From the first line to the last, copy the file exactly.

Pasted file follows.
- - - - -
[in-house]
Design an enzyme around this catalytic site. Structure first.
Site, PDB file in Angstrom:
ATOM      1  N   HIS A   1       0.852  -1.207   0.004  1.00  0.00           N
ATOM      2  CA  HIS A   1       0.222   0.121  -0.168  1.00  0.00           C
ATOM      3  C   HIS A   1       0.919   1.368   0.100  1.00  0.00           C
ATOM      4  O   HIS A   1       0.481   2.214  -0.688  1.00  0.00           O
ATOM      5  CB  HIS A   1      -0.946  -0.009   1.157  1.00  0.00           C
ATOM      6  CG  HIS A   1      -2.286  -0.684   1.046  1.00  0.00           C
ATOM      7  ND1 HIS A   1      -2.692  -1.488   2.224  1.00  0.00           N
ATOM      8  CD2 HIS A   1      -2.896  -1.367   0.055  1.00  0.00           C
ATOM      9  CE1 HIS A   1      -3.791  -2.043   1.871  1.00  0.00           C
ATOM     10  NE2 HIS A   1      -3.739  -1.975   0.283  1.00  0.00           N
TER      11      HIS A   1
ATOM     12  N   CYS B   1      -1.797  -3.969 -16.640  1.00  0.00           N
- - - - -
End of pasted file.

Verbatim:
[in-house]
Design an enzyme around this catalytic site. Structure first.
Site, PDB file in Angstrom:
ATOM      1  N   HIS A   1       0.852  -1.207   0.004  1.00  0.00           N
ATOM      2  CA  HIS A   1       0.222   0.121  -0.168  1.00  0.00           C
ATOM      3  C   HIS A   1       0.919   1.368   0.100  1.00  0.00           C
ATOM      4  O   HIS A   1       0.481   2.214  -0.688  1.00  0.00           O
ATOM      5  CB  HIS A   1      -0.946  -0.009   1.157  1.00  0.00           C
ATOM      6  CG  HIS A   1      -2.286  -0.684   1.046  1.00  0.00           C
ATOM      7  ND1 HIS A   1      -2.692  -1.488   2.224  1.00  0.00           N
ATOM      8  CD2 HIS A   1      -2.896  -1.367   0.055  1.00  0.00           C
ATOM      9  CE1 HIS A   1      -3.791  -2.043   1.871  1.00  0.00           C
ATOM     10  NE2 HIS A   1      -3.739  -1.975   0.283  1.00  0.00           N
TER      11      HIS A   1
ATOM     12  N   CYS B   1      -1.797  -3.969 -16.640  1.00  0.00           N